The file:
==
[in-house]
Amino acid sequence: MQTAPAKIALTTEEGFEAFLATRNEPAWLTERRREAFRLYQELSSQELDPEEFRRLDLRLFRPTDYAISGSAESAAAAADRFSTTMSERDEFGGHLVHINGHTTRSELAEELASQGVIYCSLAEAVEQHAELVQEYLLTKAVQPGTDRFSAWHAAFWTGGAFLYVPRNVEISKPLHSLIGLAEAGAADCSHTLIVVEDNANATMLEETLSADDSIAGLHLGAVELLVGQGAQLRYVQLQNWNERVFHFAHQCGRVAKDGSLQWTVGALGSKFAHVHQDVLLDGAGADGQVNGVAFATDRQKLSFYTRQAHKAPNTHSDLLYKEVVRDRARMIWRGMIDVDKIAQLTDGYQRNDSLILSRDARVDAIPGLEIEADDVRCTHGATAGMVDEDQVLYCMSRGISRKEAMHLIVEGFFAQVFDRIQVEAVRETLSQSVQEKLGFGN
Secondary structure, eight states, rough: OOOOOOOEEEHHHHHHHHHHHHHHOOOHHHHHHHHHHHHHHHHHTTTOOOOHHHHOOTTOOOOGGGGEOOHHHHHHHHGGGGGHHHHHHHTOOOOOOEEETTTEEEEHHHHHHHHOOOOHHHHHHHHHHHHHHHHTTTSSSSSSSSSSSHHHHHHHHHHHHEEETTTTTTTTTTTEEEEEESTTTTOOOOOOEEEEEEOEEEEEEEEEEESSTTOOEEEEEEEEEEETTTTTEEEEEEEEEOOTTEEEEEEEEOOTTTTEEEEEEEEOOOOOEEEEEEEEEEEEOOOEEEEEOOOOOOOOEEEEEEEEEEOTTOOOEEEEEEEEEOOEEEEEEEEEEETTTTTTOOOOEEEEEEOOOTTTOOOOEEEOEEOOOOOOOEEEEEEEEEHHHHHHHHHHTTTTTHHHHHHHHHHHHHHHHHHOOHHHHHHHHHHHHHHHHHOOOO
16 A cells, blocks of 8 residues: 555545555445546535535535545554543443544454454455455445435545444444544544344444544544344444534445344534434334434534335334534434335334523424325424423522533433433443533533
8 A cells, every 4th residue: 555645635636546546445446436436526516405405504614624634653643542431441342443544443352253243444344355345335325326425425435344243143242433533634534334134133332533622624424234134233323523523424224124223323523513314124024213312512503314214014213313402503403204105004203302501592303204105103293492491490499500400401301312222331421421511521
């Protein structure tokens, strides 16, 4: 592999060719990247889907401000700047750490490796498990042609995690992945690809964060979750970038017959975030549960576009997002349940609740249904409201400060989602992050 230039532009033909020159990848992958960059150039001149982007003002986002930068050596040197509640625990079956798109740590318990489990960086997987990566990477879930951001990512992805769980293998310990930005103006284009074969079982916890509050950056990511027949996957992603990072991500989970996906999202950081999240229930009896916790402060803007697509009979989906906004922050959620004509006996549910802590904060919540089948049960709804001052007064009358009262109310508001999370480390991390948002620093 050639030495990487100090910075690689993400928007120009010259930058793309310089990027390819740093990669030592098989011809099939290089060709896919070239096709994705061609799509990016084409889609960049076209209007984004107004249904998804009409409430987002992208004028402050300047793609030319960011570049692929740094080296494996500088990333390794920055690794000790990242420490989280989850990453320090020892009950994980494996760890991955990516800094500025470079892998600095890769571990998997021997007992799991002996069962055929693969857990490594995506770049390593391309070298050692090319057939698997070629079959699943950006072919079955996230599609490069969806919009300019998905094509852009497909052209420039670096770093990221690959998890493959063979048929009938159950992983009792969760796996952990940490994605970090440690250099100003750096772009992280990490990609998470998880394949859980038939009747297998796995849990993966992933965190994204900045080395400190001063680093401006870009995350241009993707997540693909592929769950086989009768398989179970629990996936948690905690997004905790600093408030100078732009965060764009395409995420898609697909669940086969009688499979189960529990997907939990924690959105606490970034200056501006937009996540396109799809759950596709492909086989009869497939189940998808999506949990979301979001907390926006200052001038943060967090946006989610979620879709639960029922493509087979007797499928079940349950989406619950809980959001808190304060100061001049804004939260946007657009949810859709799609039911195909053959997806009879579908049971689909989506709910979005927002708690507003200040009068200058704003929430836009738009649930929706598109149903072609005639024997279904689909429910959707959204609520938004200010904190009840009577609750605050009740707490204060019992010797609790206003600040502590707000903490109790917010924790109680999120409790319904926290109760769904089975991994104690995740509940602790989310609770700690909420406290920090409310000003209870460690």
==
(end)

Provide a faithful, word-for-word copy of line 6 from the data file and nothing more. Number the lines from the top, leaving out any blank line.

């Protein structure tokens, strides 16, 4: 592999060719990247889907401000700047750490490796498990042609995690992945690809964060979750970038017959975030549960576009997002349940609740249904409201400060989602992050 230039532009033909020159990848992958960059150039001149982007003002986002930068050596040197509640625990079956798109740590318990489990960086997987990566990477879930951001990512992805769980293998310990930005103006284009074969079982916890509050950056990511027949996957992603990072991500989970996906999202950081999240229930009896916790402060803007697509009979989906906004922050959620004509006996549910802590904060919540089948049960709804001052007064009358009262109310508001999370480390991390948002620093 050639030495990487100090910075690689993400928007120009010259930058793309310089990027390819740093990669030592098989011809099939290089060709896919070239096709994705061609799509990016084409889609960049076209209007984004107004249904998804009409409430987002992208004028402050300047793609030319960011570049692929740094080296494996500088990333390794920055690794000790990242420490989280989850990453320090020892009950994980494996760890991955990516800094500025470079892998600095890769571990998997021997007992799991002996069962055929693969857990490594995506770049390593391309070298050692090319057939698997070629079959699943950006072919079955996230599609490069969806919009300019998905094509852009497909052209420039670096770093990221690959998890493959063979048929009938159950992983009792969760796996952990940490994605970090440690250099100003750096772009992280990490990609998470998880394949859980038939009747297998796995849990993966992933965190994204900045080395400190001063680093401006870009995350241009993707997540693909592929769950086989009768398989179970629990996936948690905690997004905790600093408030100078732009965060764009395409995420898609697909669940086969009688499979189960529990997907939990924690959105606490970034200056501006937009996540396109799809759950596709492909086989009869497939189940998808999506949990979301979001907390926006200052001038943060967090946006989610979620879709639960029922493509087979007797499928079940349950989406619950809980959001808190304060100061001049804004939260946007657009949810859709799609039911195909053959997806009879579908049971689909989506709910979005927002708690507003200040009068200058704003929430836009738009649930929706598109149903072609005639024997279904689909429910959707959204609520938004200010904190009840009577609750605050009740707490204060019992010797609790206003600040502590707000903490109790917010924790109680999120409790319904926290109760769904089975991994104690995740509940602790989310609770700690909420406290920090409310000003209870460690």